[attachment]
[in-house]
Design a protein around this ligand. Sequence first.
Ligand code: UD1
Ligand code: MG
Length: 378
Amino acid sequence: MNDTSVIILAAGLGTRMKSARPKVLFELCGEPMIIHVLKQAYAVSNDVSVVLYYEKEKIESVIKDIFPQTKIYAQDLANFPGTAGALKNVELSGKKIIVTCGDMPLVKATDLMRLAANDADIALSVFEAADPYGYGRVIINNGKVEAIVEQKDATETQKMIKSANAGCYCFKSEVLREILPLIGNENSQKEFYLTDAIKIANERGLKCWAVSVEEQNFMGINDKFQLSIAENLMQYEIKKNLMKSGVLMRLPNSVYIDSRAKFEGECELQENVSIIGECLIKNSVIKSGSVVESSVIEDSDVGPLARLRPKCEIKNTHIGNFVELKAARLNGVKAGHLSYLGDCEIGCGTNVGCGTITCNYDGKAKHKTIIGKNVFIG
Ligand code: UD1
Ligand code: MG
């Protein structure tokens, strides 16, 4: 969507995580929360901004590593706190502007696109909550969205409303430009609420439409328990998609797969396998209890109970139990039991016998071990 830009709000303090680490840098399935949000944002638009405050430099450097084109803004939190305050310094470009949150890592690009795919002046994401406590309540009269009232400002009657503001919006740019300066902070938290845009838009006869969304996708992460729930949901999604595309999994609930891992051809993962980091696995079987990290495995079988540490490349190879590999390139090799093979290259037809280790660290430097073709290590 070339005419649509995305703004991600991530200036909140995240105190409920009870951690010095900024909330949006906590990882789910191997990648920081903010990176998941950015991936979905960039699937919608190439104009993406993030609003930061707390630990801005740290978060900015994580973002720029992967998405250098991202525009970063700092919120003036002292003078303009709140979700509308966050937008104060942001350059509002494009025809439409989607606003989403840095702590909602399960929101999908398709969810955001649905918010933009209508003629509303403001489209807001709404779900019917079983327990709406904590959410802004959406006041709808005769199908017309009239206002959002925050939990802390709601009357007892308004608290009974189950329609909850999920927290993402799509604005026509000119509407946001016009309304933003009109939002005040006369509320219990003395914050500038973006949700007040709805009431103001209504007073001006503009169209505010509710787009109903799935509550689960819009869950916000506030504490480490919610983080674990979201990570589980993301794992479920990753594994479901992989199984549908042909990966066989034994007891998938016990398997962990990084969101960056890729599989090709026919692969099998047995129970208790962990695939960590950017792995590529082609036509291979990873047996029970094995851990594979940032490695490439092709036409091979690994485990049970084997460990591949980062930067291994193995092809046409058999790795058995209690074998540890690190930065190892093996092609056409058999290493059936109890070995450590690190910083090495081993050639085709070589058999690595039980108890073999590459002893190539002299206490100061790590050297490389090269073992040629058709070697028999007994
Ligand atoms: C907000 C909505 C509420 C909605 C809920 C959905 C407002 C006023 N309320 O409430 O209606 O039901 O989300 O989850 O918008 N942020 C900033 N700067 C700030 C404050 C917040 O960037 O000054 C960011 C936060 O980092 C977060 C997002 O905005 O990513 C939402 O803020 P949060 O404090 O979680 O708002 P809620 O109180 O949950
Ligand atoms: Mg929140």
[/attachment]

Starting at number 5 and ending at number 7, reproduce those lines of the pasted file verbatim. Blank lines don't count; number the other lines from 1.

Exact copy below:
Length: 378
Amino acid sequence: MNDTSVIILAAGLGTRMKSARPKVLFELCGEPMIIHVLKQAYAVSNDVSVVLYYEKEKIESVIKDIFPQTKIYAQDLANFPGTAGALKNVELSGKKIIVTCGDMPLVKATDLMRLAANDADIALSVFEAADPYGYGRVIINNGKVEAIVEQKDATETQKMIKSANAGCYCFKSEVLREILPLIGNENSQKEFYLTDAIKIANERGLKCWAVSVEEQNFMGINDKFQLSIAENLMQYEIKKNLMKSGVLMRLPNSVYIDSRAKFEGECELQENVSIIGECLIKNSVIKSGSVVESSVIEDSDVGPLARLRPKCEIKNTHIGNFVELKAARLNGVKAGHLSYLGDCEIGCGTNVGCGTITCNYDGKAKHKTIIGKNVFIG
Ligand code: UD1